Late Blight (the fungus that was responsible for the destruction of the European potato crop in the 1840s, as well as An Gorta Mór, the Great Famine in Ireland, and the Scottish Highland famine) has been found in the Northeastern US.

Thankfully, the disease won't be cause for starvation in the Northeastern US, since we rely on a variety of crops rather than one or two local crops. Its actually quite common in the Northeastern US, but usually doesn't appear until later in the growing season, and only in certain areas. A very rainy spring on into summer, as well as infected tomato seedlings imported into the region and sold at local garden centers had sped up the spread of the fungus, and distributed it to a wider area.

Pictures of symptoms can be found on the Cornell plant pathology website, as well as the OSU plant pathology website. The UVM extension website is probably more useful to home growers for solutions on preventing infection, and dealing with infected plants.

This is yet another reason why it could be important to buy locally grown seedlings.

Views: 133

Replies to This Discussion

Interesting information. Here's a resistant variety - "Defender Potato"

Since the organism also affects tomatoes, I would hate it if it infested by garden.
Yeah. I won't be having potatoes this year, but I do have one tomato plant that I've kept going for a year going on two now. I was hoping to see how long I could keep it going. I may move it back into the house until the sun comes out again and dries up all the rain, so the eensy weensy spider can crawl up the spout again.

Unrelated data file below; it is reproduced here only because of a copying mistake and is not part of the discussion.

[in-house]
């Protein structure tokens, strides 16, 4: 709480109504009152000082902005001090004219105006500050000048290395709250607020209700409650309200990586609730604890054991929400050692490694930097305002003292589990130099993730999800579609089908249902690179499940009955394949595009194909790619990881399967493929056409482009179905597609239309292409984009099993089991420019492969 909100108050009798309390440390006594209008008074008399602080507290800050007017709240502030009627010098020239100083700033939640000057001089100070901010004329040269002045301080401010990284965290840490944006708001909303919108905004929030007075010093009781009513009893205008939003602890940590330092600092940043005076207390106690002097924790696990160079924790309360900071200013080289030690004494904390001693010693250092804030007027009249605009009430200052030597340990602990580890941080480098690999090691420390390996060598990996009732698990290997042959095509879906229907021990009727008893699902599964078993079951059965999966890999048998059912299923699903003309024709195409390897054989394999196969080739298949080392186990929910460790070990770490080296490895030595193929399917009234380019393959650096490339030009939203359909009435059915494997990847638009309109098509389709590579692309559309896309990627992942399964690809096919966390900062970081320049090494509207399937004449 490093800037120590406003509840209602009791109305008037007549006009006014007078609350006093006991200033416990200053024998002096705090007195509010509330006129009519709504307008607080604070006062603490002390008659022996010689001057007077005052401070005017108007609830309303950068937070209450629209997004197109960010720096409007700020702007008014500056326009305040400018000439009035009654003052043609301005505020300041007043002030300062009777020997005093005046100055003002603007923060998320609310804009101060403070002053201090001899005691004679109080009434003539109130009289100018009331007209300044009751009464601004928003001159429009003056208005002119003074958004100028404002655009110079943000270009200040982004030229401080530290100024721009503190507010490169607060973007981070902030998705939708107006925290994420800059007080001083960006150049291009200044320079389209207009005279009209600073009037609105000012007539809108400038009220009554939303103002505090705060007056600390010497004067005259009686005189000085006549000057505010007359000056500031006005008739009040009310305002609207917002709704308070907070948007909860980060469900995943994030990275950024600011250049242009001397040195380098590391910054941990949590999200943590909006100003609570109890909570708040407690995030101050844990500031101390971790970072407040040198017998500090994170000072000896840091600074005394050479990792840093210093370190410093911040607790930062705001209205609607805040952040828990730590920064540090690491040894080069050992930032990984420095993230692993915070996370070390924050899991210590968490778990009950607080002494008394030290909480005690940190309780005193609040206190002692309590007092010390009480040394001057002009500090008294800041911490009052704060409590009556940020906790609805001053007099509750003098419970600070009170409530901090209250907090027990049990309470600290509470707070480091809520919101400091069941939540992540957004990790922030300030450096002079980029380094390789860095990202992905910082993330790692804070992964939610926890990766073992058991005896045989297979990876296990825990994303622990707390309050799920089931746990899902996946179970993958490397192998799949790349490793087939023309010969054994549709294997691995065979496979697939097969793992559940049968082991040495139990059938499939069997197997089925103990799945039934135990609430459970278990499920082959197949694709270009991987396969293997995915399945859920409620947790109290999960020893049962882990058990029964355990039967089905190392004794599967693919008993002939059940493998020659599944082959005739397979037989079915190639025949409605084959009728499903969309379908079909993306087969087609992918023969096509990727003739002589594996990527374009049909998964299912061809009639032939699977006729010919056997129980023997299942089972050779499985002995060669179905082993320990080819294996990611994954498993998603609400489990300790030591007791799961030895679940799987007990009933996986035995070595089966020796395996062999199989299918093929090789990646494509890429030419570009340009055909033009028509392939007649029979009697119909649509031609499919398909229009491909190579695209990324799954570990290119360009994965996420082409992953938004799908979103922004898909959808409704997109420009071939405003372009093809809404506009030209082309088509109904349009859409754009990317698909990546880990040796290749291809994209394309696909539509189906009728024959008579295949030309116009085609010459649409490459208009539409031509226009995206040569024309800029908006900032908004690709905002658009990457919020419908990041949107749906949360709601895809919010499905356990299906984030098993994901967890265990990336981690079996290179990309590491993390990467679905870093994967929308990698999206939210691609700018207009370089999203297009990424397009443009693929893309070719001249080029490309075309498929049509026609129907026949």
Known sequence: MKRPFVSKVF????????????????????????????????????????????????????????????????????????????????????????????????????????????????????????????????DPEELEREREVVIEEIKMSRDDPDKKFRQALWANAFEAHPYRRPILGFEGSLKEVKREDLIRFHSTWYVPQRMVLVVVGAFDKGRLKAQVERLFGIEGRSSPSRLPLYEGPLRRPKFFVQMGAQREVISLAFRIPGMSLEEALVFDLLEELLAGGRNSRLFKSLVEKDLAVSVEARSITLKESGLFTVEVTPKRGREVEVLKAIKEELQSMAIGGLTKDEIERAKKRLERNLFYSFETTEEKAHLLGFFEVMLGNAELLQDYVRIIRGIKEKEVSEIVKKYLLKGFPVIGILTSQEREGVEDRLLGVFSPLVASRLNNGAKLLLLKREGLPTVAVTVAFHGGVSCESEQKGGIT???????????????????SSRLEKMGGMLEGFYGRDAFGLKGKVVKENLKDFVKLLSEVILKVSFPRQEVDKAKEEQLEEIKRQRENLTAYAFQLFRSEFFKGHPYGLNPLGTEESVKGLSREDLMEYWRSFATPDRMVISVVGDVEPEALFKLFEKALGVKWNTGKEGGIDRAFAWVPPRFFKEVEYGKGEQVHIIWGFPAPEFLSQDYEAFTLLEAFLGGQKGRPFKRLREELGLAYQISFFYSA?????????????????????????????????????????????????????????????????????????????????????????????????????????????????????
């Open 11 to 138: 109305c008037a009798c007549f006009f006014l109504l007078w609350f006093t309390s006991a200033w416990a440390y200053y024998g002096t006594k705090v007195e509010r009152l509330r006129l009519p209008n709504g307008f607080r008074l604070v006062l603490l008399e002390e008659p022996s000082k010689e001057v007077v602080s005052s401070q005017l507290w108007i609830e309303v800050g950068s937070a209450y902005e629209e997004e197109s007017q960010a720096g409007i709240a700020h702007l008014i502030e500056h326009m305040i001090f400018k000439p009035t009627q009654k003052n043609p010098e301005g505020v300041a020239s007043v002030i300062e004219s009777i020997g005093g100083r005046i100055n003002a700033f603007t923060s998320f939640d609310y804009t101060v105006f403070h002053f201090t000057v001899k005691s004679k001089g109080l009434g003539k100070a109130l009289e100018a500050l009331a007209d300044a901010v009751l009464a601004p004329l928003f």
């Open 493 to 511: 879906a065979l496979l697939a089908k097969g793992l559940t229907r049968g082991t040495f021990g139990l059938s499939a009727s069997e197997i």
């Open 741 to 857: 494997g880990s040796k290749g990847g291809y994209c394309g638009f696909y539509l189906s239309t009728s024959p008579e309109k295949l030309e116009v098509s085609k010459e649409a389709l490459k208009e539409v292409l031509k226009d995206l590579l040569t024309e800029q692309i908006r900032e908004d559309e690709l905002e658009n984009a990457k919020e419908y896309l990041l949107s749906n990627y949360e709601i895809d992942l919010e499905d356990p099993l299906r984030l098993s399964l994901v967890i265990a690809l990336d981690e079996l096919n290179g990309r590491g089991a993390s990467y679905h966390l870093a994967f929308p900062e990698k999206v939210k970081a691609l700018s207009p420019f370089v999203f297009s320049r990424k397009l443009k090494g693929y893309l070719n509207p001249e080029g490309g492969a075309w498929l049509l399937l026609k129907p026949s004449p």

Alas, my one tomato succumbed. I got tired of trying to kreep ahead of the blight. I just learned that as long as the ground freezes, and there isn't any late blight overwintering in potatoes in the ground, it shouldn't survive.

I'll be back soon with a list of varieties that are resistant, and tested in Vermont. Other growing zones mileage may vary.
Evidently many people with home gardens are still not aware of the Late Blight threat. Vern Grubinger, vegetable and berry specialist for University of Vermont Extension, was quoted in the Burlington Free Press of August 28th: "The fact is the disease is still spreading...The biggest threat to commercial growers comes from homeowners who don't properly destroy their infected crops. We are counting on them."

Late Blight Update: Late Blight Alert for Potato and Tomato

This is very important for home growers:
"Please inspect your tomato plants frequently! If symptoms are already appearing on plants in your garden, these plants should be removed. Plants should be placed in a plastic bag, secured and discarded in the trash or completely buried 2’ or so underground so plants decompose and will not re-sprout. Plants should not be composted, put on a cull pile, or left outside due to the danger of infected tubers being incompletely composted and sprouting infected volunteer plants next year. Your neighbors, not to mention commercial growers, will appreciate your taking this action immediately."
It's actually important everywhere, as the spores get blown around by storms. We only had isolated pockets at the beginning of the season here in Vermont, and then one big storm came through and spread the misery.